High Hell Review – Minimalism Done Right
Platforms: PC (reviewed)
Developer: Terri Vellmann, Doseone
Publisher: Devolver Digital
Release: 23th October 2017
After developing Heavy Bullets, a roguelike FPS, in 2014, Terri Vellmann is back with a more linear, speedrunner focused shooter. Offering 20 little levels, stripped down mechanics combined with a damn fast gameplay, High Hell promises a short but great experience and can fully deliver … nearly.
Did you ever dream of killing artificially controlled apes, masked men or stealing goats while burning some cocaine? Well, then High Hell´s short but crazy missions will finally offer this experience. Even though there isn´t a big story in place, the game´s missions and goals are bursting with creativity when it comes to adult humour. Battling naked enemies is great and confusing at the same time. Nonetheless, most of these ideas just don´t translate into a unique gameplay twist, serving mostly as one time jokes or model changer. Saving a goat feels exactly the same like saving a hostage, resulting in fun but somehow repetitive mission goals, that don´t use their full potential.
On the other, the presentation can deliver exactly what the game needs, a minimalistic but gorgeous experience. Even though most textures consist of a plain colour while objects and humans are very simplistic. Objectively, High Hell isn´t a good-looking game but all these plain, minimalistic elements put together create a stunningly great looking experience. Because of its fast gameplay the graphics don´t need to be detailed, especially if they have such a unique neon touch to them. Along the fitting and adrenaline fueling soundtrack by Doseone, it´s a surprisingly well working experience.
Nonetheless, High Hell´s core is the shooter gameplay, focusing on fast, simple but extremely fun and challenging design. First of all, during the whole game, there´s only one weapon and no reaload function, letting the focus switch from having the best weapon for each situation to killing enemies as fast as possible. Since every enemey except bosses die in one hit but are able to kill us in only a few hits too, combined with the lack of cover, constant movement is a necessity. In its gameplay flow, High Hell is very similar to DOOM 2016, just without these awful finishers. Moving around, shooting, perfecting the aim and getting a hang of enemy behaviour are the core parts of its gameplay. Despite its minimalism or maybe because of it, the gameplay is able to deliver a super fun shooter experience.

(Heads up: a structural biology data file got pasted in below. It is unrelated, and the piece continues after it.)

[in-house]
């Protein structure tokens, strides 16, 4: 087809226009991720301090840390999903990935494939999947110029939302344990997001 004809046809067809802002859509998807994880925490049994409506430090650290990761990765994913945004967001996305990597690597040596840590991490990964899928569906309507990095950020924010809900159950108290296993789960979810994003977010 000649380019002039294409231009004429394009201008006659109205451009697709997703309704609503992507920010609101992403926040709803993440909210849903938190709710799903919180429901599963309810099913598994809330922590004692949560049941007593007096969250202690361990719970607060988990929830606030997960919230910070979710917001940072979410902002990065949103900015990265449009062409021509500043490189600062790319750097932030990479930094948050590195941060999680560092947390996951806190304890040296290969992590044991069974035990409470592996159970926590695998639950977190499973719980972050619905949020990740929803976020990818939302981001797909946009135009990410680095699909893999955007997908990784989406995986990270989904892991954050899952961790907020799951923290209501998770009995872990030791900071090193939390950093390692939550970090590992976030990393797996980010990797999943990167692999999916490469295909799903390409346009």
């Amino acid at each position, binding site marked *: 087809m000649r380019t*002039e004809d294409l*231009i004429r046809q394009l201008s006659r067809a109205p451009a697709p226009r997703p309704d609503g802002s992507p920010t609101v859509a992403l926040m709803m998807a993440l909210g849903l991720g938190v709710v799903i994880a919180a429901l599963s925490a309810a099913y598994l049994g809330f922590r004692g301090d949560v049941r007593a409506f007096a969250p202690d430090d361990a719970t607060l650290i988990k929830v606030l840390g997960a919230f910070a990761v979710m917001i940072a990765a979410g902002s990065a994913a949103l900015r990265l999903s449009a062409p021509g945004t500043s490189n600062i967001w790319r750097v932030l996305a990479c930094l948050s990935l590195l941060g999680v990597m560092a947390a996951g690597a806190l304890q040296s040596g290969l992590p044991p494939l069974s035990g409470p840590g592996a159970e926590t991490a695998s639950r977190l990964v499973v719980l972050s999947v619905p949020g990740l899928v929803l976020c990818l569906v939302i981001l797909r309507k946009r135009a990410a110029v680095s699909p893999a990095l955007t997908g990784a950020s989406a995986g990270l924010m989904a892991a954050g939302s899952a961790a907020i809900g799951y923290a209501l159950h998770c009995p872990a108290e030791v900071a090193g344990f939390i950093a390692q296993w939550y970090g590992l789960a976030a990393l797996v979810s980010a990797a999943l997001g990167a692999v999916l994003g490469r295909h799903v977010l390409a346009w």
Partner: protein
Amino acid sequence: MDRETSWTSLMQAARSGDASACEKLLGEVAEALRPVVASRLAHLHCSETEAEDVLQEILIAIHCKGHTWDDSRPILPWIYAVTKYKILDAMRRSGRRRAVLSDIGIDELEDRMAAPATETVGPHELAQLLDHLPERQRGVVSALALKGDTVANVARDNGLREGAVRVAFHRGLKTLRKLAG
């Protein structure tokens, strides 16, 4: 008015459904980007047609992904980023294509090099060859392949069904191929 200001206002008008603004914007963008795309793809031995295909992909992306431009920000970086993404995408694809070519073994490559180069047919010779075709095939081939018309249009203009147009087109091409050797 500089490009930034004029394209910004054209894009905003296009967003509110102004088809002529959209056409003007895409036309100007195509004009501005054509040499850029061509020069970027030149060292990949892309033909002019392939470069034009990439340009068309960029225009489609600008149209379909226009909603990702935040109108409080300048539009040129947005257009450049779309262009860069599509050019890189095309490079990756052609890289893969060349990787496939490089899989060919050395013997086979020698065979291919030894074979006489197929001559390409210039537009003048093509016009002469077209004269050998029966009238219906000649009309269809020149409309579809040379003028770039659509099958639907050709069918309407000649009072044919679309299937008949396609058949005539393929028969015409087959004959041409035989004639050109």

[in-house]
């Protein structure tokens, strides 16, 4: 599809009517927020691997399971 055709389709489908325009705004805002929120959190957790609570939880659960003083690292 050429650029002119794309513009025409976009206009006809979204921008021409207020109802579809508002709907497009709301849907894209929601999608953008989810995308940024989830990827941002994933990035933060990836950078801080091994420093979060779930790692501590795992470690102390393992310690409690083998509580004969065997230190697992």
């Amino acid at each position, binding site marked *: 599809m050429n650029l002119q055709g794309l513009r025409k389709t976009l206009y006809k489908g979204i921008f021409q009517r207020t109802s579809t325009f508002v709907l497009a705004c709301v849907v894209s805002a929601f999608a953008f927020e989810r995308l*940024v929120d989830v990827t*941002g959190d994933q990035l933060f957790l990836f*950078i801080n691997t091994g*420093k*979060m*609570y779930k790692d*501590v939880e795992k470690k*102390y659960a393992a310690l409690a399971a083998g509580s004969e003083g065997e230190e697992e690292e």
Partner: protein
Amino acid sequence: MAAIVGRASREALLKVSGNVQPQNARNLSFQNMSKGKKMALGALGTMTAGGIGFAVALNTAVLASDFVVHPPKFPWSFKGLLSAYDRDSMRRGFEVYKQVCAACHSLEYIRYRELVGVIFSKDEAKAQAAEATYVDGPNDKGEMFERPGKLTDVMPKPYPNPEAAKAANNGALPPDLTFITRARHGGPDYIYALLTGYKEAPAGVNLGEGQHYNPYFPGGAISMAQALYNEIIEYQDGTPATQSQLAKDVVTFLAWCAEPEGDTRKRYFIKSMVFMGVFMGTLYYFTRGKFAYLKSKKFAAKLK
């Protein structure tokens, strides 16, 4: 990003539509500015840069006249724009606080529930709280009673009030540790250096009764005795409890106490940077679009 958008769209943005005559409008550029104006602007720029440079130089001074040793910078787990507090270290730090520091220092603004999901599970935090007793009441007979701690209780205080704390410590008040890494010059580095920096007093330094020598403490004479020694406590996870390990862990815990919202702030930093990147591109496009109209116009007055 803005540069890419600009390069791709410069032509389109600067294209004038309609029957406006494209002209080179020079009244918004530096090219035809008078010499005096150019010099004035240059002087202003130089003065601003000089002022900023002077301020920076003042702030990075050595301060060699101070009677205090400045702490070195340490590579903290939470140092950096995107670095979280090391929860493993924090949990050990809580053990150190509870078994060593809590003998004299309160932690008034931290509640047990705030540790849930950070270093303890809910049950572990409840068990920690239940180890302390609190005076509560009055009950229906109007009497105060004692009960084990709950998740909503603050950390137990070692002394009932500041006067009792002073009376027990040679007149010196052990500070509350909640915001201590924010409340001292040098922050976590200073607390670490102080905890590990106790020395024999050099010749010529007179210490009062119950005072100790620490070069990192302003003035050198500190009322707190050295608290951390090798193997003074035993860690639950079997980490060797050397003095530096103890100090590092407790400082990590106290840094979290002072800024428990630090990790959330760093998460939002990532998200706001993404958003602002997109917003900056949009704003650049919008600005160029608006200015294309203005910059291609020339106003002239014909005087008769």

The 20 missions, each of them lasting around 1-3 minutes, may not sound like a lot but considering that every level introduces either a new design element, boss, enemy type or a stupid joke let them feel very different. Starting out on a plain building with a few doors to end in giant, multi diagonal, complex structures, the campaign is able to stay fresh because there no lengths nor boring areas. It seems like every unnecessary level was removed to guarantee a fluid and tense experience. In addition it´s also perfectly for speedrunners due to the fact every mission is completed by jumping off the map.
Unfortunately, not everything about it is as great as the pure gameplay. Namely, the mediocre bosses that constantly work against the gameplay design. On the one hand none of them are actually unique or interesting. Shooting in a robot eye or destroying generators to weaken a boss isn´t new nor interesting. On the other hand, they actually require an either very slow, cover based approach or no at all. They aren´t really challenging, don´t convey a feeling of power, hence dont´t force the player to get used to their behaviour or present them with a challenging fight.
All in all, High Hell is still a damn fun shooter, offering short-lived action, fast paced gameplay along thoughtful level and visual design. Especially for speedrunners the few minutes long missions are great but everyone able to laugh about virgin goats or other stupid jokes will definitely have fun with it. Only the lackluster bosses and quite high price point of 9.99 for a 1-2 hours gameplay.
[A Review Code was provided by Devolver Digital]